The American Library Association, which has been gathering statistics on banned and challenged books since 1990, says parents represent the largest group to try to remove or restrict access to books they find objectionable. The next largest groups are random patrons and school administrators. Biggest gripes? Sexually explicit content, offensive language, violence and suitability to a certain age group.

Most of the objections are well-intentioned, Ruttle said, adding that she has never been asked to take a book off the shelves at Moore-Mickens. Even so, she has some advice for parents who are concerned about their children's assigned reading.

"Parents should read the book and read the book with their child," she said. "If your child is reading about something you haven't talked with them about in a book, or hearing about something at school, then maybe it's time to have that conversation with your child."

Whatever the subject matter, she said, "It can be one of those teachable moments."

Top 10 challenged books for 2010

• And Tango Makes Three, by Peter Parnell and Justin Richardson

• The Absolutely True Diary of a Part-Time Indian, by Sherman Alexie

• Brave New World, by Aldous Huxley

• Crank, by Ellen Hopkins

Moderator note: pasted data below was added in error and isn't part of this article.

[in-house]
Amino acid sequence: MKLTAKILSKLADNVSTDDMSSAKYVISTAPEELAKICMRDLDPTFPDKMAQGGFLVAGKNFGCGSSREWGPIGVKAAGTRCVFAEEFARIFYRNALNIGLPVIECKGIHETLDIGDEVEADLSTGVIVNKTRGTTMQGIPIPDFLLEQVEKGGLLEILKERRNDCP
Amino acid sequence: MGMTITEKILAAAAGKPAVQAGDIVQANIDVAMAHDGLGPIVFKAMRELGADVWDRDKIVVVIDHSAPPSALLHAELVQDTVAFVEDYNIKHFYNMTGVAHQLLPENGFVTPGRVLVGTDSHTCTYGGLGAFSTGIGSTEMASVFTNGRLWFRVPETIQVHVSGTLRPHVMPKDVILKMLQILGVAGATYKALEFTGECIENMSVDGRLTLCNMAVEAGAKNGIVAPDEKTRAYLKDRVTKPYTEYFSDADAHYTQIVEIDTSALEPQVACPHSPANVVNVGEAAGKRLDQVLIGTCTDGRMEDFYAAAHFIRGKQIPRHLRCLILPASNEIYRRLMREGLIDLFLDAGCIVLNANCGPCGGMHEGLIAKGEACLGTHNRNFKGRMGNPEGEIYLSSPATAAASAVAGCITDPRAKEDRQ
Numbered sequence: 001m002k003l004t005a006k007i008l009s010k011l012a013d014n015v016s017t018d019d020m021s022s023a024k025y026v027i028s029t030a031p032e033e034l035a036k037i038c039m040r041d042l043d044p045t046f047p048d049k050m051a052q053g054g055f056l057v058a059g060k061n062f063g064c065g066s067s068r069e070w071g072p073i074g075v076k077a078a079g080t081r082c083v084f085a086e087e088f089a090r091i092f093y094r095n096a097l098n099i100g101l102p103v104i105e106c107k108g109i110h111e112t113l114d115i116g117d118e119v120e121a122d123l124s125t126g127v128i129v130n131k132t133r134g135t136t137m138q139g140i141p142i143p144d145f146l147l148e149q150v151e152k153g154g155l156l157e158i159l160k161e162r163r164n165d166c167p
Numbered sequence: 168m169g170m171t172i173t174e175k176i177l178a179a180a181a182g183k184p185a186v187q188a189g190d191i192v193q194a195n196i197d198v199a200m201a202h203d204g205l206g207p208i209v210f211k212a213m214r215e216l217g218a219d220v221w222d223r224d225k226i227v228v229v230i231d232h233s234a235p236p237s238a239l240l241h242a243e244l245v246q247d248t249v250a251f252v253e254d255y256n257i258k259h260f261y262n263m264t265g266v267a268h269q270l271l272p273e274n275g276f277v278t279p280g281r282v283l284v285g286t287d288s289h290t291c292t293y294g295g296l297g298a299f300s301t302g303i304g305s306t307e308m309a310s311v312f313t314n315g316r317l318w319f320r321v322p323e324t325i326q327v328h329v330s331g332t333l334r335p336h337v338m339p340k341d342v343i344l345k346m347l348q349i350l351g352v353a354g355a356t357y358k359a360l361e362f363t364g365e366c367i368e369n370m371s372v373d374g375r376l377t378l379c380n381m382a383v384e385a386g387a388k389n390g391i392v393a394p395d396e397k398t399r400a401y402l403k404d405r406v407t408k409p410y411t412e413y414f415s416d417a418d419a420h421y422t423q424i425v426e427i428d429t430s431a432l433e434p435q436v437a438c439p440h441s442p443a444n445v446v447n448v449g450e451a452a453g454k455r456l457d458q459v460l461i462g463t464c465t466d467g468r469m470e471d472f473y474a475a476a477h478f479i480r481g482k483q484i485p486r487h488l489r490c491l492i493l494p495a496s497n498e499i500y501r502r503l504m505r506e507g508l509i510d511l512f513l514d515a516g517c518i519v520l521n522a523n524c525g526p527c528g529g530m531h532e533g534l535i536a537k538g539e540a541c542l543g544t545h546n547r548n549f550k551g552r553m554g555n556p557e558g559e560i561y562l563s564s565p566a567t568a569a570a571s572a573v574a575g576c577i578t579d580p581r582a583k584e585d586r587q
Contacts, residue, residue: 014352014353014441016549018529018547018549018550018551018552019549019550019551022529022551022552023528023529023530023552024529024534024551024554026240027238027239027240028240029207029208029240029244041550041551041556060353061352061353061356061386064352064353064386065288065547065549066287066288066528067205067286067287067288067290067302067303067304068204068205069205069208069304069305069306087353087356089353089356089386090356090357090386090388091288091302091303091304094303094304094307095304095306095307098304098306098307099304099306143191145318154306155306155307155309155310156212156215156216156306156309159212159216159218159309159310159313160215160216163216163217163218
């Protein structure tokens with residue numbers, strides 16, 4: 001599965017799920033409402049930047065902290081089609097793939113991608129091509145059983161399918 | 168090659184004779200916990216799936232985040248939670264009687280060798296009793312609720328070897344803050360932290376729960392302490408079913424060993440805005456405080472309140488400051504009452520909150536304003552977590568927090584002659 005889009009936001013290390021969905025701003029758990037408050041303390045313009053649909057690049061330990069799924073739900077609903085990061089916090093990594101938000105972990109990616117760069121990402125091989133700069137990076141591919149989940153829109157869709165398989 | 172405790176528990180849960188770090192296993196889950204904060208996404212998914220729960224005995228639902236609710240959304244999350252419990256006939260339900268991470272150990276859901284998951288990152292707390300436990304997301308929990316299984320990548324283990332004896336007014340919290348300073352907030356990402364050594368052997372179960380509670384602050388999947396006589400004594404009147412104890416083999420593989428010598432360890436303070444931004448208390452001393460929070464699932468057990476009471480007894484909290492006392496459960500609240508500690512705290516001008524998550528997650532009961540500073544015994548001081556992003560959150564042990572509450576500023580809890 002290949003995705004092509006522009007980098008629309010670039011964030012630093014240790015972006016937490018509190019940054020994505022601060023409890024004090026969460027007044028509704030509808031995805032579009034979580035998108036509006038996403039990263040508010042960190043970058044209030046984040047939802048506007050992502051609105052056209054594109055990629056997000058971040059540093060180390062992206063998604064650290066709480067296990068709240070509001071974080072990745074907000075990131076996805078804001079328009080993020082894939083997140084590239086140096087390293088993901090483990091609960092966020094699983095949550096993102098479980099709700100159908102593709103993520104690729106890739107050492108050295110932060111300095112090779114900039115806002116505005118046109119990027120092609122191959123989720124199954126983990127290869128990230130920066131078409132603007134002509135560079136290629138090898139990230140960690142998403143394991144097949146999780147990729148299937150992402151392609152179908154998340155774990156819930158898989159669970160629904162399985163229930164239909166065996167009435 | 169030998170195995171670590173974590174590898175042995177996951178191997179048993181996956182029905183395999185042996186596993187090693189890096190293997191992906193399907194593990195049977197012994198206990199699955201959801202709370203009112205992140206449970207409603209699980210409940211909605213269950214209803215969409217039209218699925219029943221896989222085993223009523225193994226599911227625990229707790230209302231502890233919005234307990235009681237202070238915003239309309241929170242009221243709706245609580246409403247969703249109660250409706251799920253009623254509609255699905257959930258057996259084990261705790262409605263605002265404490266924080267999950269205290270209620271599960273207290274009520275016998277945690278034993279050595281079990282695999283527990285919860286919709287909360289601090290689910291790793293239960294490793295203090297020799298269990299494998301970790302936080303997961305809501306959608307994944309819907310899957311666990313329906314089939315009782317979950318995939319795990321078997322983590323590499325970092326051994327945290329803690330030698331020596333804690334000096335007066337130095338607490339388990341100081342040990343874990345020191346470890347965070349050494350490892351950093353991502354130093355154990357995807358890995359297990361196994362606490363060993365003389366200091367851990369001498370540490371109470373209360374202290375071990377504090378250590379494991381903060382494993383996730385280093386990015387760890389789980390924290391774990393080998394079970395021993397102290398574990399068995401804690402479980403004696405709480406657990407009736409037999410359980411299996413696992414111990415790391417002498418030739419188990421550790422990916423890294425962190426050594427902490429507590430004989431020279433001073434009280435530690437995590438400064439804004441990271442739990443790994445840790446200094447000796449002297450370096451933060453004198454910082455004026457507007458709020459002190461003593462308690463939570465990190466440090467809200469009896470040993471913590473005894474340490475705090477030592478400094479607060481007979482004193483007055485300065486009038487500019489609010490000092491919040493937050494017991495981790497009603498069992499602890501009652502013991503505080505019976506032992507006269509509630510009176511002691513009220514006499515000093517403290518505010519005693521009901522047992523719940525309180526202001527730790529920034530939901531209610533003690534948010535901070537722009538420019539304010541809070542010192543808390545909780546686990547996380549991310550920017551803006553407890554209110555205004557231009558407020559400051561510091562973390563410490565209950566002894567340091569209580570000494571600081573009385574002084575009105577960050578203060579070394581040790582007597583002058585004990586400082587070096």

• The Hunger Games, by Suzanne Collins

• Lush, by Natasha Friend

• What My Mother Doesn't Know, by Sonya Sones

• Nickel and Dimed, by Barbara Ehrenreich

• Revolutionary Voices, edited by Amy Sonnie

• Twilight, by Stephenie Meyer.

For information about the American Library Association's list of banned and challenged books, go to: ala.org/ala/issuesadvocacy/banned/index.cfm.

Timely releases

Two new books written by a couple of famous American children's authors who have made the banned book list were released for publication just last week.

After a 30-year break, Maurice Sendak, 83, who wrote the Caldecott Medal winner Where the Wild Things Are, has a new book called Bumble-Ardy, featuring a character based on a skit Sendak created in the 1970s for Sesame Street.

Also new to book stores is Everything on It, a collection of Shel Silverstein's original poems and drawings.

The book, published posthumously, promises to spur giggles in those who enjoyed Where the Sidewalk Ends and A Light in the Attic.

Silverstein, who died in 1999, is also famous for the children's literary staple The Giving Tree and penning songs such as A Boy Named Sue.

By the numbers

Over the past 10 years, American libraries were faced with 4,660 challenges to materials on their shelves *:

1,536 Challenges for "sexually explicit" language.

1,231 Challenges for "offensive language."

977 Challenges for material deemed "unsuited to age group."

553 Challenges for "violence."

370 Challenges for "homosexuality."

Also, 121 materials were challenged because they were "antifamily," and an additional 304 were challenged because of their "religious viewpoints."

* Some books were challenged for multiple reasons.

A Moore-Mickens display focuses on freedom of speech during Banned Books Week 09/27/11 [Last modified: Wednesday, September 28, 2011 12:08am]